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  1. #1
    Join Date
    Sep 2013
    Posts
    52

    Default Outlets in a 1950s house

    Hello,

    I moved into my house (1950) last fall. In January, I had the outside breaker box totally replaced (it wasn't too far away from being original), along with all of the switches and outlets inside the house.

    The electricians, as they replaced the outlets thoughout to 3-prong, put in GFCIs where they said it was necessary. Every outlet in the kitchen is a GFCI, for example. But, not all the outlets are GFCis now (bedrooms, living room, etc.).

    I have one large room in the basement. They did not install any GFCIs in that room, but replaced all of the outlets.

    I would like to put a 5.0 cubic-foot chest freezer in the basement. When I asked the electrician if that would be okay now that the outlets were changed, he said "sure", and told me I would know if it didn't work if the freezer tripped the breaker.

    The website selling the freezer I want states "There must be a dedicated three or four prong grounded electrical outlet within 36" of the freezer (15-amp circuit breaker or time delay fuse must protect the outlet)".

    I have a few questions:

    1) How do I know that I can safely put a freezer in this room? Do I buy it and hope that it works? What would be the worst that could happen (fire???)?

    2) Can freezers be placed on carpeting with appropriate ventilation at the back and sides or should it be placed on something like a piece of plywood or riser of some sort?

    I don't want to purchase the freezer, then find out that it either trips the breaker each time or that it will catch on fire.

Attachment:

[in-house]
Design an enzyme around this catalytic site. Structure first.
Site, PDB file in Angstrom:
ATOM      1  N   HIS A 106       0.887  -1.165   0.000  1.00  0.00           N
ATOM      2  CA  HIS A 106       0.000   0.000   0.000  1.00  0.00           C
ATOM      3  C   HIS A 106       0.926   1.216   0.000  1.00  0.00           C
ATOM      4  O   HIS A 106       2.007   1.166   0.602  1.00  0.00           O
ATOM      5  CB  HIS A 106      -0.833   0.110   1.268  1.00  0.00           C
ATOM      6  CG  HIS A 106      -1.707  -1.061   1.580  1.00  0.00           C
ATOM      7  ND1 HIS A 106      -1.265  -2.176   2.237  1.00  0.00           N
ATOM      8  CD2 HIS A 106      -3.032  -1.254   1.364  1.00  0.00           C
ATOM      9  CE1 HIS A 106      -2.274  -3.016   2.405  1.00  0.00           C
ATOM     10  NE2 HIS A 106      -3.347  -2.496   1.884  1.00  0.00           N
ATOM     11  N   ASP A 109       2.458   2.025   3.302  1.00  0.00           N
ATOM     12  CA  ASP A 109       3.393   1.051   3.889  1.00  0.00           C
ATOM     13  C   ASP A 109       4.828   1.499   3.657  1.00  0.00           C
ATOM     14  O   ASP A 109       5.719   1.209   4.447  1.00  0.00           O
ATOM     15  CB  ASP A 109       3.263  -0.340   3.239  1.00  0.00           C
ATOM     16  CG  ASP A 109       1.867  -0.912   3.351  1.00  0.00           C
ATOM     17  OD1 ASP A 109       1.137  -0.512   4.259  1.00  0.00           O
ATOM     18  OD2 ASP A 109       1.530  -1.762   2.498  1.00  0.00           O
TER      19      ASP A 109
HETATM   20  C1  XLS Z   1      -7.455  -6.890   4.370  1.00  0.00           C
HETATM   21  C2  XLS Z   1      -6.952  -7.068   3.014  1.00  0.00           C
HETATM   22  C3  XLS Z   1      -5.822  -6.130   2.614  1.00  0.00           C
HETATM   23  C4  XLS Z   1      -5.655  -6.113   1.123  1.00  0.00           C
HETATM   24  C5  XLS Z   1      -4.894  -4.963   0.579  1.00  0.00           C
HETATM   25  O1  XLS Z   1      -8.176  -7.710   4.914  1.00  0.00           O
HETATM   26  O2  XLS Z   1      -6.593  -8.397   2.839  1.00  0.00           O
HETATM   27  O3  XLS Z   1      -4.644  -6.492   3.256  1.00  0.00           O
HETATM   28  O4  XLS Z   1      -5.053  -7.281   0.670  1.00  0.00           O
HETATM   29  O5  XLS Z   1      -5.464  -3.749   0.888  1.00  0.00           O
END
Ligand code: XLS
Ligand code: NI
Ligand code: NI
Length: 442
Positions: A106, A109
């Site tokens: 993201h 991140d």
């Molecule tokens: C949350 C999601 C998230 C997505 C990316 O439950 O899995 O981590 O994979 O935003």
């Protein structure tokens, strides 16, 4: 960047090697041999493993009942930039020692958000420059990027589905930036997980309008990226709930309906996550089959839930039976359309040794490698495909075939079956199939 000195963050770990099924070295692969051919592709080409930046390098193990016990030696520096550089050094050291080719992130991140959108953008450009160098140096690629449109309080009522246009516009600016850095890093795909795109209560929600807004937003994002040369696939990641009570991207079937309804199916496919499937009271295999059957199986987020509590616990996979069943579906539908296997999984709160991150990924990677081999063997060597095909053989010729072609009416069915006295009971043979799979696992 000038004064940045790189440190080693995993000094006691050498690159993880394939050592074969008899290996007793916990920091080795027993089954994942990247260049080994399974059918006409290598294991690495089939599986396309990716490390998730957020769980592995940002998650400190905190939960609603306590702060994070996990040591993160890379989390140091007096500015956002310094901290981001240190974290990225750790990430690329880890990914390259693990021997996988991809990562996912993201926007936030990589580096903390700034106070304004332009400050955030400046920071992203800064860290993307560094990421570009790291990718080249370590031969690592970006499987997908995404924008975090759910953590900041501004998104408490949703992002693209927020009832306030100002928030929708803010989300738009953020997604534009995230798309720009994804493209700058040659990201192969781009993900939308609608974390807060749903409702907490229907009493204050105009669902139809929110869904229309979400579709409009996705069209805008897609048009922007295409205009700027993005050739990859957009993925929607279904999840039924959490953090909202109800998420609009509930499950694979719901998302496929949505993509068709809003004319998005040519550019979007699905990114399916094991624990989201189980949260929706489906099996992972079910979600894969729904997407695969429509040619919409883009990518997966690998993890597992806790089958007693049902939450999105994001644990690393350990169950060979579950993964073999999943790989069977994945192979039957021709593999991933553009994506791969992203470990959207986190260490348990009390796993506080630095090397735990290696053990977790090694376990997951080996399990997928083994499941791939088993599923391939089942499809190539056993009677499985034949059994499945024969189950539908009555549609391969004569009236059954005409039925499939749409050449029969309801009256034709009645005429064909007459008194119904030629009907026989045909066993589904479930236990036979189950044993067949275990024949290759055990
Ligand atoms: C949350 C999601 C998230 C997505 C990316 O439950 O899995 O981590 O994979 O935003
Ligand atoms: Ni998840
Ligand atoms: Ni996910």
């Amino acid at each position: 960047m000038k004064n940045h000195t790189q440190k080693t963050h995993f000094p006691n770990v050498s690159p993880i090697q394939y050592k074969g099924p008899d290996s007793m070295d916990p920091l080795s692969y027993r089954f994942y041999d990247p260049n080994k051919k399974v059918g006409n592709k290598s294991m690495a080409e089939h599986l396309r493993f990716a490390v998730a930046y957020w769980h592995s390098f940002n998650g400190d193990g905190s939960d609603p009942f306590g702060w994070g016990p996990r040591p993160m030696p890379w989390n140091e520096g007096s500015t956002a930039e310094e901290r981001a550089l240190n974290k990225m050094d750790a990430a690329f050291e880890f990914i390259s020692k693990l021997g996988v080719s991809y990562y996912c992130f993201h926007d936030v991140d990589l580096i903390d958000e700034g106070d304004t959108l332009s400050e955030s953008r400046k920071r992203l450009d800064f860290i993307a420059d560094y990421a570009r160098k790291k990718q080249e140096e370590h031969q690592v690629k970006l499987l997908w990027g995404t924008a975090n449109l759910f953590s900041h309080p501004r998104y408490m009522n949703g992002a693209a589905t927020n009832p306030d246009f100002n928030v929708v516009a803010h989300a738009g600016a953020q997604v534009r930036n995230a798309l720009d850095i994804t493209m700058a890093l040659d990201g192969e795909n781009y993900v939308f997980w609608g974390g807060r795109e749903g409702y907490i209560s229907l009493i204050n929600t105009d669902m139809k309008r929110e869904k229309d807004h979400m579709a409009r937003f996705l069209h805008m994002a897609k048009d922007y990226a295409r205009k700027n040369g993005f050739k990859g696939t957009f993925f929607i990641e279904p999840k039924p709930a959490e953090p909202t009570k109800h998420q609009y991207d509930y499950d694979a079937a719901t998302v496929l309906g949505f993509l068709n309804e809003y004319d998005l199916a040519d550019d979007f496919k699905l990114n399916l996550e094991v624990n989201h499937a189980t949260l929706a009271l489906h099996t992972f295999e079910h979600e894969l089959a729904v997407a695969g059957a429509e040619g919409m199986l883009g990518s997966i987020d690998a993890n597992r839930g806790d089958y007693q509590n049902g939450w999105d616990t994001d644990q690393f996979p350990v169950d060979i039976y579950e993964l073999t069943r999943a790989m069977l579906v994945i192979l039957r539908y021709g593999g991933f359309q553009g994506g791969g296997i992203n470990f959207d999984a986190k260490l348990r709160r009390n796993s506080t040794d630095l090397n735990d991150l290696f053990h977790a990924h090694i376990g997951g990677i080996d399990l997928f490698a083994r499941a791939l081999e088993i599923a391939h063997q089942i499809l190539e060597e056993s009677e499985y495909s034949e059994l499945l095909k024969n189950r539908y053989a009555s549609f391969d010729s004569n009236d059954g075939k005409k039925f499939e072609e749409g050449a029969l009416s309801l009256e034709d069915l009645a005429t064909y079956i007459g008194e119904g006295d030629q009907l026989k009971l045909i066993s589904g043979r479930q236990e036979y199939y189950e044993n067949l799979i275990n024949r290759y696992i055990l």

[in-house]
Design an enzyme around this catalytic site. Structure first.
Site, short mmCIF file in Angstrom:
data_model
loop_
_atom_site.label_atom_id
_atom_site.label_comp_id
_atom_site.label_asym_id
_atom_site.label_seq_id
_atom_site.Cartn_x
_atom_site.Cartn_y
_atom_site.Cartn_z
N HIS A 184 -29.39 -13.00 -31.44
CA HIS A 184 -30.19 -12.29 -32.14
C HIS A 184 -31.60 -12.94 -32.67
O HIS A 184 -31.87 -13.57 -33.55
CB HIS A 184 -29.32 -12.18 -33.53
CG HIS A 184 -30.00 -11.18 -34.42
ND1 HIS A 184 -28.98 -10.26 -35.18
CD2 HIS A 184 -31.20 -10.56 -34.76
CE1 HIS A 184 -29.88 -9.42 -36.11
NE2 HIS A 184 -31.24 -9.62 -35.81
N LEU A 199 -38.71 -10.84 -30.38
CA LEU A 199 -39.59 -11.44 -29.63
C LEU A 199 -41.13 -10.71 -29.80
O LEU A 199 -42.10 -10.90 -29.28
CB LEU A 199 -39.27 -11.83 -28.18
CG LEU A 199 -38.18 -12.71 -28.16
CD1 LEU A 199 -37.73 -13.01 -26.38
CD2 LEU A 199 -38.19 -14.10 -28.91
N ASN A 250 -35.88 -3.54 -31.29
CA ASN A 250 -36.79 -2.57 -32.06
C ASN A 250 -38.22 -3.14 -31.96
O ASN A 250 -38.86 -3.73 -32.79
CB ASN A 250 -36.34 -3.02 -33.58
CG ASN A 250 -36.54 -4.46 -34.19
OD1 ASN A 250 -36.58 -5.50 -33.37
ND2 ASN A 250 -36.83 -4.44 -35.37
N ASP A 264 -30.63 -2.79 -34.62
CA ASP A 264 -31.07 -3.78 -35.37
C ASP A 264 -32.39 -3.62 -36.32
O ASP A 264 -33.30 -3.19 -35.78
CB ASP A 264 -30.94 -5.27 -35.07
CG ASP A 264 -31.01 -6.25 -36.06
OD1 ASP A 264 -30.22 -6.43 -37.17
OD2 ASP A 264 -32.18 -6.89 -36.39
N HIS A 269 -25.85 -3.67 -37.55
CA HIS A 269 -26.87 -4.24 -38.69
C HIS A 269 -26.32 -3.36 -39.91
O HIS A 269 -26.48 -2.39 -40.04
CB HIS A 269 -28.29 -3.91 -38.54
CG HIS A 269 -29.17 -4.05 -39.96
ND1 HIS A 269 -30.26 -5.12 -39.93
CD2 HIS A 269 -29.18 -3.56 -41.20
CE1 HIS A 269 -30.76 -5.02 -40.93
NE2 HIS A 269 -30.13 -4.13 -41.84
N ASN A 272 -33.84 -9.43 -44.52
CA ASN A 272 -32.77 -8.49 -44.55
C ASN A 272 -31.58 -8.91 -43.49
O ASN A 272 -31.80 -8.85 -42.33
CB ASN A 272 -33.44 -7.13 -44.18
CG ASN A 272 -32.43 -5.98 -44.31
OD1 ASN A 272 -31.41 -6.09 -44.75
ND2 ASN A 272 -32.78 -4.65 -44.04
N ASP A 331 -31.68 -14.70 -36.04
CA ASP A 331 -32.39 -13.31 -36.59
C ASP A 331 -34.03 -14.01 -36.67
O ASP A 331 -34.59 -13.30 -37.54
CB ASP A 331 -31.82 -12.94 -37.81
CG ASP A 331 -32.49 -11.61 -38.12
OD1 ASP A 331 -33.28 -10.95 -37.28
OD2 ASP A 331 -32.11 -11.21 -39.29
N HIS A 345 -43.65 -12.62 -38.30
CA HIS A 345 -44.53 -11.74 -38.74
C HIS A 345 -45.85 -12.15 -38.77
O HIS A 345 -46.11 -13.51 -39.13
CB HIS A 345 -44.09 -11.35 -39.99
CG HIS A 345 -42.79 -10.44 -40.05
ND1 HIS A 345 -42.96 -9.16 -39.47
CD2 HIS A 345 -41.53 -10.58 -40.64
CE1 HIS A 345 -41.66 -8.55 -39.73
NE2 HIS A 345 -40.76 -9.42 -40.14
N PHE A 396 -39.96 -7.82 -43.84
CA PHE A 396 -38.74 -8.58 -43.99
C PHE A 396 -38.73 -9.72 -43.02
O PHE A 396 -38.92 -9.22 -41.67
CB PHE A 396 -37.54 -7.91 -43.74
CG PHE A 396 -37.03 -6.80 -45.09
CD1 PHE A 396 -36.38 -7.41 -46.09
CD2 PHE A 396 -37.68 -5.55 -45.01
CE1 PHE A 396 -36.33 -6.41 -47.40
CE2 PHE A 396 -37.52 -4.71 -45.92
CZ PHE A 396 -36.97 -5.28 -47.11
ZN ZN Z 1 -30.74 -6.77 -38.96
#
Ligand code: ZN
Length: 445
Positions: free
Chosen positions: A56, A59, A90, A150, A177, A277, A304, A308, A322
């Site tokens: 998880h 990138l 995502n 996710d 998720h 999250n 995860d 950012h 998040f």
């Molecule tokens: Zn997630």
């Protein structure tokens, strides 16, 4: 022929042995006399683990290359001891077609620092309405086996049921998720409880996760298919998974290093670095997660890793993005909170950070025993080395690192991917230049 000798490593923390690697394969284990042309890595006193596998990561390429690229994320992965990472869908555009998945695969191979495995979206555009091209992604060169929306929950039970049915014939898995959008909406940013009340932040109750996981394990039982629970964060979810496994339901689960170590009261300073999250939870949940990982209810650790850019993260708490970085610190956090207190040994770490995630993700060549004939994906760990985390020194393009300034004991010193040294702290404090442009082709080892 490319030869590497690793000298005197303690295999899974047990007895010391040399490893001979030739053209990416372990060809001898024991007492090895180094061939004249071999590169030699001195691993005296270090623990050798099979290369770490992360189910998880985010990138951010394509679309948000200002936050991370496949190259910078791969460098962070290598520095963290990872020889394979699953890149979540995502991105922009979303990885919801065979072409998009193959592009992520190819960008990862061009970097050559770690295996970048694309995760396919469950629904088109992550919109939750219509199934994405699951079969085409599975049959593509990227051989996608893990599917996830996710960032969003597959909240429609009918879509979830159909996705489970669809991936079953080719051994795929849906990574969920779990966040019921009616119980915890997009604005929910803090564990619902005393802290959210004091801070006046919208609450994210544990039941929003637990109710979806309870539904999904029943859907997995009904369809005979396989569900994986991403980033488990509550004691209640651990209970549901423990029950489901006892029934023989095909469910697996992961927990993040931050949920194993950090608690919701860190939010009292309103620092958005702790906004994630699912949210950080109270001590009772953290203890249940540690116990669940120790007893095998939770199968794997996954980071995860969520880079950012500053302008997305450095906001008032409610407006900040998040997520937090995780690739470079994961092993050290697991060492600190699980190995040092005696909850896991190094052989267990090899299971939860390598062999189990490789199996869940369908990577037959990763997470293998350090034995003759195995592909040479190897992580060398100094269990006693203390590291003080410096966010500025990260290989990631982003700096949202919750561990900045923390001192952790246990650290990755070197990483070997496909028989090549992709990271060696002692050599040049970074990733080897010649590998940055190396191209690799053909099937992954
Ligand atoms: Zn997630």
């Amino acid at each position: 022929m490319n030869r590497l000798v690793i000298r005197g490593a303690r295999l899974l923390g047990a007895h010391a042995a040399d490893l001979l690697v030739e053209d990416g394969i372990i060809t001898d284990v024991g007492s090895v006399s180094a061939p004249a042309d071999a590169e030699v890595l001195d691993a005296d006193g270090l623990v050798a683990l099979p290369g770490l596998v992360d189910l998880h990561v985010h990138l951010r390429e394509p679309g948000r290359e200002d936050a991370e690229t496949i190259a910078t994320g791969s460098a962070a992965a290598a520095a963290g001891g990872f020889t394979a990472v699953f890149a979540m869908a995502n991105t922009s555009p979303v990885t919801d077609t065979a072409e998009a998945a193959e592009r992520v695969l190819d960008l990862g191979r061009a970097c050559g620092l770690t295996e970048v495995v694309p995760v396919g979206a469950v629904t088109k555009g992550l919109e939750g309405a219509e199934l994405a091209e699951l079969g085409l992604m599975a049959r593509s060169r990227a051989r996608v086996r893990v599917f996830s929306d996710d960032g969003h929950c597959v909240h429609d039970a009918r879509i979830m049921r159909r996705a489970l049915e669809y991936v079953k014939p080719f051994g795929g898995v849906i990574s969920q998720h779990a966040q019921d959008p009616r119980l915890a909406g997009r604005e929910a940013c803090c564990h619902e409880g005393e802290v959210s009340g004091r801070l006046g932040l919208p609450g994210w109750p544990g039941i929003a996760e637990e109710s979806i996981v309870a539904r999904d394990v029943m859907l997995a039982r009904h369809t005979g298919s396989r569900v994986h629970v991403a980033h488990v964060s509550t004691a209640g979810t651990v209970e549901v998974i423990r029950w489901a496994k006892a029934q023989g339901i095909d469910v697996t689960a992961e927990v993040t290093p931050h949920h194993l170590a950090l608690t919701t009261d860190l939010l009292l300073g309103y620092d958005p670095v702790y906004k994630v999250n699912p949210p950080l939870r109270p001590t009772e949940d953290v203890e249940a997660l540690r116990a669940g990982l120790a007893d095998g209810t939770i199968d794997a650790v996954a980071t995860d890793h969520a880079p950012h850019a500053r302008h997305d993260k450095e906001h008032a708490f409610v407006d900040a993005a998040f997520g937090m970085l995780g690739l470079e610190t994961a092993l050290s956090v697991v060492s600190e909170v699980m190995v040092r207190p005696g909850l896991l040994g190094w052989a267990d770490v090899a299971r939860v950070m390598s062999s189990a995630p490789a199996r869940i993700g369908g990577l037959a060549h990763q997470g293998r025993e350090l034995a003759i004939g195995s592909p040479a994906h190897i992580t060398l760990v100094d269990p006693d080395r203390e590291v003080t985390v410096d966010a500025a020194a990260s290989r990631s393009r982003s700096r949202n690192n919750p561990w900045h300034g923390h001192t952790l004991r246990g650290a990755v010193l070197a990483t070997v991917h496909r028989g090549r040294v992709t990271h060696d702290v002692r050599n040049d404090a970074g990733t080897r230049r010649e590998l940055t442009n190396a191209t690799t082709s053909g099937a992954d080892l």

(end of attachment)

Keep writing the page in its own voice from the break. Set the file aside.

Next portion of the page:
Thanks!
    Loreen

  2. #2
    Join Date
    Jul 2010
    Location
    SoCal
    Posts
    6,598

    Default Re: Outlets in a 1950s house

    1. You need a dedicated line to the freezer. An electrician can help you with that. Using anything other than a dedicated line is a gamble, might work or not. As far as what can happen - you'll most likely trip the breaker a lot.

    2. Better not place the freezer on carpeting. Tile is better. Also, it needs to breath, so don't push it all the way to the wall.

    Question: did the electricians ground each outlet?

  3. #3
    Join Date
    Feb 2013
    Location
    Boston area
    Posts
    97

    Default Re: Outlets in a 1950s house

    1) I think the dedicated circuit is for food-safety reasons, not fire reasons. You don't want a hairdryer or something to flip the breaker and your food to spoil and your family to get sick, or your expensive steaks to be ruined. It's required in new construction. You could do the math on what you have on that circuit and what wattage the freezer will use and probably be fine, people have plugged these in their basement for decades and we're all still here. But maybe a guest will be blow drying their hair in the basement one day, trip the breaker, not know what to do and wait a few hours for you to come home...

    2) It could leak when defrosting or during a blackout, or maybe sweat if it's humid in the basement, that could be bad for carpet.

  4. #4
    Join Date
    May 2008
    Location
    Pacific Northwet
    Posts
    1,629

    Default Re: Outlets in a 1950s house

    In addition to what dj1 said, a freezer should never be plugged into a GFI-protected outlet. The code allows for dedicated circuits with a single receptacle (not duplex) without GFI protection, even in areas that would otherwise require GFI protection (such as in garages and unfinished basements). If the circuit is rated for 20A, the single receptacle must also be rated for 20A. I don't see a good reason why you couldn't plug the freezer into a 20A circuit; I suspect that the manual means it must be at least 15A.